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I recently attended a Crain’s Chicago Business Small Business Breakfast. The panel consisted of 4 CEOs of dynamic companies – the Boka Restaurant Group, Athletico, Career Builder and Hickory Farms. There was wide-ranging conversation about their work history, what inspired them, and how their companies have grown. During one part of the panel conversation, there was a brief discussion on dealing with customers. A lot of it was focused around keeping customers happy, since happy customers lead to sales. There were two stories, two Major Factors that caught my attention: Understanding the beginning and end of that experience The challenge
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Entrepreneurs, start-ups, and founders of privately held businesses can be excellent at projecting and planning for the success of their business. But in the honeymoon days of a new business, many partners are reluctant to consider what will happen if a dispute arises. To help ensure true success, however, businesses must plan for disagreements and even, in the worst case, the dissolution of the business. To do otherwise could be a costly mistake. With a little planning on the front end, and a well-considered operating agreement, likely disputes can be avoided or resolved without placing the business in jeopardy. To
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As a business owner, you face Business Risk on a daily basis. Here are three business risks that you must address. If you don’t manage them ahead of time, you will have to chase solutions later. It’s painful, but much easier to plan for these before they strike. Employee Risk Risk of Change Succession Risk Employee Risk There are really two issues involved here. The first is Retention, and the second is Engagement. There is a certain amount of churn among employees in any industry. As unemployment rates drop, there are fewer skilled employees to select your next employee from.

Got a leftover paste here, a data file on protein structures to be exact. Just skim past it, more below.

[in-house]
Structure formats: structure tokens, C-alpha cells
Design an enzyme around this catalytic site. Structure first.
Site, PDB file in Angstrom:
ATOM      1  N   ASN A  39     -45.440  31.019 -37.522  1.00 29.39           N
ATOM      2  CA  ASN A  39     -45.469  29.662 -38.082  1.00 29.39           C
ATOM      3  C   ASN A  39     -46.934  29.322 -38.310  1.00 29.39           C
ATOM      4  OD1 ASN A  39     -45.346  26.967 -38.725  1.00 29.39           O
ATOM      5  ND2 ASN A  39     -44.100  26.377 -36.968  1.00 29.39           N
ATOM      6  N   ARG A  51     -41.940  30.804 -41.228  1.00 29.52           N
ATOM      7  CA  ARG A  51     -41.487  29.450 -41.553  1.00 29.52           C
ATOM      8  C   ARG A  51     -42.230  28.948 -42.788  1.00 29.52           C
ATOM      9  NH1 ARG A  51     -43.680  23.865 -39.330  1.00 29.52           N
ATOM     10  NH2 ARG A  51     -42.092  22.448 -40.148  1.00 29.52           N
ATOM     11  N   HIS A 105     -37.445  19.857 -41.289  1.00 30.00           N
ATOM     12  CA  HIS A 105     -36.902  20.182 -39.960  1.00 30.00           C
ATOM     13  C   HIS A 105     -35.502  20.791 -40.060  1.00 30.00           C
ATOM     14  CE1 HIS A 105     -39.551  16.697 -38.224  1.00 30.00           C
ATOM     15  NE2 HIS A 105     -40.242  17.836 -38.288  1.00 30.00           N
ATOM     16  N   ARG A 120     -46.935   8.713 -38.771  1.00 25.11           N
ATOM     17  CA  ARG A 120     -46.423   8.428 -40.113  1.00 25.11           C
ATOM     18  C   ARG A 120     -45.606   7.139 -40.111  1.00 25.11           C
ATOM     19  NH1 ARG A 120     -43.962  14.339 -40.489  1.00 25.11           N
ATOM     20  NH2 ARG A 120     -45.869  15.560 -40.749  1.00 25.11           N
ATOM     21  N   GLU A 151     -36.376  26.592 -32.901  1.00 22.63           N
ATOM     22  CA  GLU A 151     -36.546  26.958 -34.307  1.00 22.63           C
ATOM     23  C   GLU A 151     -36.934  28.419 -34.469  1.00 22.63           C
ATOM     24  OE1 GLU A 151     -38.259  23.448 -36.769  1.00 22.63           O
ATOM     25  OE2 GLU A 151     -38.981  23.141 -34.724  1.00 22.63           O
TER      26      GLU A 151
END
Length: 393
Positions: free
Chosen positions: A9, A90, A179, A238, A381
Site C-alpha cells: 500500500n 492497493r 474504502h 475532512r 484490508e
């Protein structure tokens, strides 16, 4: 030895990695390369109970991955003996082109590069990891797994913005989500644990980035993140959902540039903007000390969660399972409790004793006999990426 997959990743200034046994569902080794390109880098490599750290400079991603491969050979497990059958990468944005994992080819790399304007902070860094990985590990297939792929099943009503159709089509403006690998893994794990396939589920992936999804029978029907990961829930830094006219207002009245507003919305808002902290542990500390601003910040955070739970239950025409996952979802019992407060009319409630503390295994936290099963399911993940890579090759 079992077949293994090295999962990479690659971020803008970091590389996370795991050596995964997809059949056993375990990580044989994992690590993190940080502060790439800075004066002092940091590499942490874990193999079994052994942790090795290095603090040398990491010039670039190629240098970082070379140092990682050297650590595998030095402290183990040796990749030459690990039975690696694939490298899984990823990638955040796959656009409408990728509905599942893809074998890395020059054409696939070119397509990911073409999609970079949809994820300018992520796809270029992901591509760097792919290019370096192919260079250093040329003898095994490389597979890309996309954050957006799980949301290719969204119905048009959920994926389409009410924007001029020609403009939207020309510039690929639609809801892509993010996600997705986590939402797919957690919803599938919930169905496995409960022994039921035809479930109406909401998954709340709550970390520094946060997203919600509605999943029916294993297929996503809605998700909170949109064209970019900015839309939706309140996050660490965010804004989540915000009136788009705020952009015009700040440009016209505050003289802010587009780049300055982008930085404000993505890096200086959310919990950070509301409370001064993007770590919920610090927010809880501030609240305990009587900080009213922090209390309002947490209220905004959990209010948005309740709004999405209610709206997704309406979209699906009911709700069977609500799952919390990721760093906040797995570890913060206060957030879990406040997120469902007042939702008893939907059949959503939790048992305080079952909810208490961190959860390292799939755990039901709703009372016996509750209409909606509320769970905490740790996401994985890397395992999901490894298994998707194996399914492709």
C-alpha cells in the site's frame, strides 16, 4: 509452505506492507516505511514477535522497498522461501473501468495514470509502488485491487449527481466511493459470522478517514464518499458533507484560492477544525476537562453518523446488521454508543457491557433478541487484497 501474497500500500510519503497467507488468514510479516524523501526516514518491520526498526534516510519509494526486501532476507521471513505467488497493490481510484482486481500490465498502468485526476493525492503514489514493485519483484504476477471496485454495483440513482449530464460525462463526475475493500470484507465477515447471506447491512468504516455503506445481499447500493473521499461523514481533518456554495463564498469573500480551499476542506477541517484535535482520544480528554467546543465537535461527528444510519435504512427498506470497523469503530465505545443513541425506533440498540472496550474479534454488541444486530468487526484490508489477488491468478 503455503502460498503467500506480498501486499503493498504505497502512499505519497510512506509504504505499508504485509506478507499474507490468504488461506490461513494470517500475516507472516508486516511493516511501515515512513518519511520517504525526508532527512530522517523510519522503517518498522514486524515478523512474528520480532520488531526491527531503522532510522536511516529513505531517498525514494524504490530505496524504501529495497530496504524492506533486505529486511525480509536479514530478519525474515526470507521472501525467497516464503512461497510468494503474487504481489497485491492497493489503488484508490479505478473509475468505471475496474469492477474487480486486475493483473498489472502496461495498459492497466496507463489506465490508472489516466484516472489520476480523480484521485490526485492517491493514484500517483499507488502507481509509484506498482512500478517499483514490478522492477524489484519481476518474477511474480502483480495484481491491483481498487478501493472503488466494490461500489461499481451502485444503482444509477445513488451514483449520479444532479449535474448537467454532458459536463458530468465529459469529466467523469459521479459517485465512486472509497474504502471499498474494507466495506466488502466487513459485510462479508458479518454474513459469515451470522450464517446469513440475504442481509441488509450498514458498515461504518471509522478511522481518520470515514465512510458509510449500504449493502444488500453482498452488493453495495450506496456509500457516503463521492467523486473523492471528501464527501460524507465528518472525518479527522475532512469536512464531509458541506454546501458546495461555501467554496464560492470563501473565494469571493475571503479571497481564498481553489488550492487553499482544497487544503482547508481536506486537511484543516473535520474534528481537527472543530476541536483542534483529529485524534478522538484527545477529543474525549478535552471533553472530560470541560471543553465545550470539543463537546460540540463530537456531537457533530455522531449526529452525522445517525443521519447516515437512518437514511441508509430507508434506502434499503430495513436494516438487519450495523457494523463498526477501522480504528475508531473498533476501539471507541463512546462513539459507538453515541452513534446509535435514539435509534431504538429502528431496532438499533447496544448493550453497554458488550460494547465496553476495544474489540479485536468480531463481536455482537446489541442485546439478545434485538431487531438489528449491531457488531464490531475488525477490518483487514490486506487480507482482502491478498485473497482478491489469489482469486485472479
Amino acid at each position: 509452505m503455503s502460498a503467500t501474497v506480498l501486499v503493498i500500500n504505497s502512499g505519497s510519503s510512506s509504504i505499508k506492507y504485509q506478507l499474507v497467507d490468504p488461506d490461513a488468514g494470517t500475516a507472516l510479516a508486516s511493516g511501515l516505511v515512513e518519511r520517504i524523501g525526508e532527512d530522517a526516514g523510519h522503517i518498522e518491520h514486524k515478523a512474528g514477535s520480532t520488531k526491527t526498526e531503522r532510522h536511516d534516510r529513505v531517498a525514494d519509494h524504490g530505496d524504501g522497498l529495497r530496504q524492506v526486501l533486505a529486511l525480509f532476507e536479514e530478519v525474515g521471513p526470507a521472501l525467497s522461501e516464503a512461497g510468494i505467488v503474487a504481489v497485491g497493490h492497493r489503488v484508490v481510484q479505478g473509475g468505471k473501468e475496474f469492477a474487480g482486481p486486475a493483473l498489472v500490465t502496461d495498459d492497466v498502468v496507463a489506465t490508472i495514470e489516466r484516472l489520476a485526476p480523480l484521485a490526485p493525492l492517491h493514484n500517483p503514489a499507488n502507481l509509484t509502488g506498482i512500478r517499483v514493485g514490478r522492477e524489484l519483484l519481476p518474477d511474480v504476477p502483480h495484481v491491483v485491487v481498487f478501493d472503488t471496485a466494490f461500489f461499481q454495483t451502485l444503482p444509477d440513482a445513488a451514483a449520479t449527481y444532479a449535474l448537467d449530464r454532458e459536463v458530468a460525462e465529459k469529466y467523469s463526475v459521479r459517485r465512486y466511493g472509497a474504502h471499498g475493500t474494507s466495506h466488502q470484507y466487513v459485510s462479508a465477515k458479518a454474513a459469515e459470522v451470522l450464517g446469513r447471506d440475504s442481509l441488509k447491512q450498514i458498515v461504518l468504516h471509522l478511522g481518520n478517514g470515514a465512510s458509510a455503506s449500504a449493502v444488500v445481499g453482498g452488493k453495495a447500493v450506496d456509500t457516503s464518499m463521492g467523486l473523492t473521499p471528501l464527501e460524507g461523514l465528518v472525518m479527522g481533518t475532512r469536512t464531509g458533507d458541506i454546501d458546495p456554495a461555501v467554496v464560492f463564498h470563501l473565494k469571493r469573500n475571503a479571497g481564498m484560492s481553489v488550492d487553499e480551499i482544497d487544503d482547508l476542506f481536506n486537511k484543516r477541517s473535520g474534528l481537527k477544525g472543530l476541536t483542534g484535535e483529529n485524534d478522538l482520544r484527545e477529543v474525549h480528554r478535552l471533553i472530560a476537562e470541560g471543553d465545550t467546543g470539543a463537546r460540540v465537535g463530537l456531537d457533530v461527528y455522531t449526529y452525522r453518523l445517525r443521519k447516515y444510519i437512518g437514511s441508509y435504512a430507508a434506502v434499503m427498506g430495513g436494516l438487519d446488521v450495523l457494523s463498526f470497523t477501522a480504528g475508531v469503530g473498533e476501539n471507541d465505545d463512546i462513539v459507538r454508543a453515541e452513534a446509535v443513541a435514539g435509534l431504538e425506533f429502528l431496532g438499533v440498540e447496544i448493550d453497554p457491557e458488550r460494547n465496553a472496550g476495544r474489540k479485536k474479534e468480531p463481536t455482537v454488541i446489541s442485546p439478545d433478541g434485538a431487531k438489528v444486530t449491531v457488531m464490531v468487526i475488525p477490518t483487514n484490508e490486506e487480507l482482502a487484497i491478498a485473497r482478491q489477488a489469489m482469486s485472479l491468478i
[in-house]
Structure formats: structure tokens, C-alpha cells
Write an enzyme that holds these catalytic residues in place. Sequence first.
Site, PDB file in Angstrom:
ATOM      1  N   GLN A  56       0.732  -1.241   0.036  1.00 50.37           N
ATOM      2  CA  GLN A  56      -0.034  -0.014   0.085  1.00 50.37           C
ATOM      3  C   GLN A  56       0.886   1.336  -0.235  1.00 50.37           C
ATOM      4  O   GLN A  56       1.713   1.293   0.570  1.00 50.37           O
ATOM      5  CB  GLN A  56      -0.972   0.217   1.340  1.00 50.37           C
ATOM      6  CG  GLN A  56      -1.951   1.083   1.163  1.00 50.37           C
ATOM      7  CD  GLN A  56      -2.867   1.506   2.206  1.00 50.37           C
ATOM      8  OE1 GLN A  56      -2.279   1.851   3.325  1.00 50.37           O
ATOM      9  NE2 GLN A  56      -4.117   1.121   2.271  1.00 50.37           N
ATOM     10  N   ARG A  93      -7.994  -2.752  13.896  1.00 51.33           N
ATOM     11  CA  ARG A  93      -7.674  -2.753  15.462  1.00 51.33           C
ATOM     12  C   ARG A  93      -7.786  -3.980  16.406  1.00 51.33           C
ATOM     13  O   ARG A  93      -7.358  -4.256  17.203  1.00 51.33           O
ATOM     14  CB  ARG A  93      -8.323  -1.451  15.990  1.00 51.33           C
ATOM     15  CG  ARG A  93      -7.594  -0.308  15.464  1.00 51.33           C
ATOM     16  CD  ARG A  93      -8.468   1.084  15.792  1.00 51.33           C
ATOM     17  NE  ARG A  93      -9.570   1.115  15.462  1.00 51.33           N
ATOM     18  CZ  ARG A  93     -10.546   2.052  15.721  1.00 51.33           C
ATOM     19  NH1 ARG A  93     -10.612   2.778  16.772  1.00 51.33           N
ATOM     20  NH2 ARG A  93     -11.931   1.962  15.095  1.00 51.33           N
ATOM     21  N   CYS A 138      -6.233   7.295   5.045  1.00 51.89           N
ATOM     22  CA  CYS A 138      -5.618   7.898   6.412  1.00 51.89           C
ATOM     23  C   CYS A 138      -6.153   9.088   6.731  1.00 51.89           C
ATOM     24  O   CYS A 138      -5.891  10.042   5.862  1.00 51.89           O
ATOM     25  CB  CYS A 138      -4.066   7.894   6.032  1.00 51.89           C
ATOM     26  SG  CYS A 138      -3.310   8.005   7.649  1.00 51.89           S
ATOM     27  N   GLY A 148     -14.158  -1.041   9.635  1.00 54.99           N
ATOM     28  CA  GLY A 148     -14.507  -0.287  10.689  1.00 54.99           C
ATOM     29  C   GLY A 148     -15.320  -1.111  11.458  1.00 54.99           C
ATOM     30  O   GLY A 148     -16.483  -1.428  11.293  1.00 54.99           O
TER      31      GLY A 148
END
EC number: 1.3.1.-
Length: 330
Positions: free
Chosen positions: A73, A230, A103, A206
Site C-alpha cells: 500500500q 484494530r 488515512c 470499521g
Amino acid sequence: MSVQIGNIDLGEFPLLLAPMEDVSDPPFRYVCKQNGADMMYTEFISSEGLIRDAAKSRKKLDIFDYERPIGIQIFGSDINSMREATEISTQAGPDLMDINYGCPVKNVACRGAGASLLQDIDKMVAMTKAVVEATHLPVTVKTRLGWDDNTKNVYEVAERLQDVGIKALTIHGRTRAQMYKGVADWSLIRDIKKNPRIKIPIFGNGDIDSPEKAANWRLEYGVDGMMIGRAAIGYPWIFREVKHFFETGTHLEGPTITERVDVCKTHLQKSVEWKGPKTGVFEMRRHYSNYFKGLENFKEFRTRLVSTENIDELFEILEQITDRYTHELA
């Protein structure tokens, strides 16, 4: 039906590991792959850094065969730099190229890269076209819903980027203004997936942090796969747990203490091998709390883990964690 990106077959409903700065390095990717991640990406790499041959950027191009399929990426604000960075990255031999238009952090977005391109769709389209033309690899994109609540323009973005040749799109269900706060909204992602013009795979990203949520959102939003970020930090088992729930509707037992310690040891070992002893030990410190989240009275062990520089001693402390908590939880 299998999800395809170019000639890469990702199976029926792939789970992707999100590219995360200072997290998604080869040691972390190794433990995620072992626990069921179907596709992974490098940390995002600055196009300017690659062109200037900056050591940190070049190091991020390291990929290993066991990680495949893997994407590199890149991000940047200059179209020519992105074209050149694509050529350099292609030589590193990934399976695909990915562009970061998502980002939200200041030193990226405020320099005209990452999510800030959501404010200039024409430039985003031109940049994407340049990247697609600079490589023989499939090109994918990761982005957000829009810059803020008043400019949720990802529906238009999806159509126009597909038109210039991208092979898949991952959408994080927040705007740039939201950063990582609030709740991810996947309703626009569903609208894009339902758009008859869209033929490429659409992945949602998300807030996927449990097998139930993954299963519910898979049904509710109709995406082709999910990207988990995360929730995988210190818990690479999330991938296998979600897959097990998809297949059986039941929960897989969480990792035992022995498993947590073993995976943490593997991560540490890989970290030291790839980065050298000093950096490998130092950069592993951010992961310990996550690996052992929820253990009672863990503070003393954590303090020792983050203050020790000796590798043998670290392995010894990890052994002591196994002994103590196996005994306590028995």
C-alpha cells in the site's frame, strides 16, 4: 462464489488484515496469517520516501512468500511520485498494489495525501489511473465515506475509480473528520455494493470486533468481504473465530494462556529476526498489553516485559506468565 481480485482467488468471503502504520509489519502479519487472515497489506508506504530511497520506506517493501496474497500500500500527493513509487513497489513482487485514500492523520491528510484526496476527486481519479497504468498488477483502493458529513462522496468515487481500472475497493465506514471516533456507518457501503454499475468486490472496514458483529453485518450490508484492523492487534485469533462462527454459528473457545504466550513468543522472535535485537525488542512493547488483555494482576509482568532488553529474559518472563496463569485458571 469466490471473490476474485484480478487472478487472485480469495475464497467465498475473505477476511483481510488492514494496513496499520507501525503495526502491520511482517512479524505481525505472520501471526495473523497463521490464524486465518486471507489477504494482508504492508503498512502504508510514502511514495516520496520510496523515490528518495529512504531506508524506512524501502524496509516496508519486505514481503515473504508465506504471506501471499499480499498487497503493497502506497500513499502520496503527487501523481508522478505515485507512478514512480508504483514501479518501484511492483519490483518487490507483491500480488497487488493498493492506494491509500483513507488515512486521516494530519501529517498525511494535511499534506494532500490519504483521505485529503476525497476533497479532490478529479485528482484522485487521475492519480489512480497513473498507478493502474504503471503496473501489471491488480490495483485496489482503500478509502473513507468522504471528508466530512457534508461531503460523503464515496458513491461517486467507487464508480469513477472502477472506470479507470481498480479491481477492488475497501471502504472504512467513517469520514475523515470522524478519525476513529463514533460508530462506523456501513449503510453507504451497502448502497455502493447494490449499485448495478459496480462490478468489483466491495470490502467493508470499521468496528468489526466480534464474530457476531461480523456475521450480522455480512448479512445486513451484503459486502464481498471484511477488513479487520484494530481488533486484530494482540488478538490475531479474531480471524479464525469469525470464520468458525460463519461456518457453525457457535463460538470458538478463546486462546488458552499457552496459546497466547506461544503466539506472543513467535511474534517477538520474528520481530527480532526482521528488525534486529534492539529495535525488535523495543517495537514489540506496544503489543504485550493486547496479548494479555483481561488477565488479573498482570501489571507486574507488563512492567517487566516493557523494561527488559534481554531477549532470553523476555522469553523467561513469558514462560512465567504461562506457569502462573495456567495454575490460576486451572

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happy businessman boxing
We’ve all seen the headlines touting the companies that have found an untapped niche in the market and have taken off like rockets.  Their outlook was extraordinarily promising in terms of a captivating vision – so many of them the darlings of Wall Street. On paper, everything with these companies seemed almost perfect; leaders with excellent credentials, top notch education, the perfect product, the best pitch, meaningful purpose, etc… It seemed that they could do no wrong and people started believing everything they said was the holy grail…. Until it wasn’t Ultimately taking a look underneath the hood, often there
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“The 500 Hats of Bartholomew Cubbins” by Dr. Seuss was one of my favorite books as a youngster. It’s the story of a boy that tries to take off his hat when the king comes by, but another one just pops up in its place. He gets into trouble, as he keeps taking the hats off, and new ones appear on his head. Each one was grander than the one before, until the final one, which was the most glorious hat of all. Bartholomew is a bit like every entrepreneur I know. As you start a business, you’ll be wearing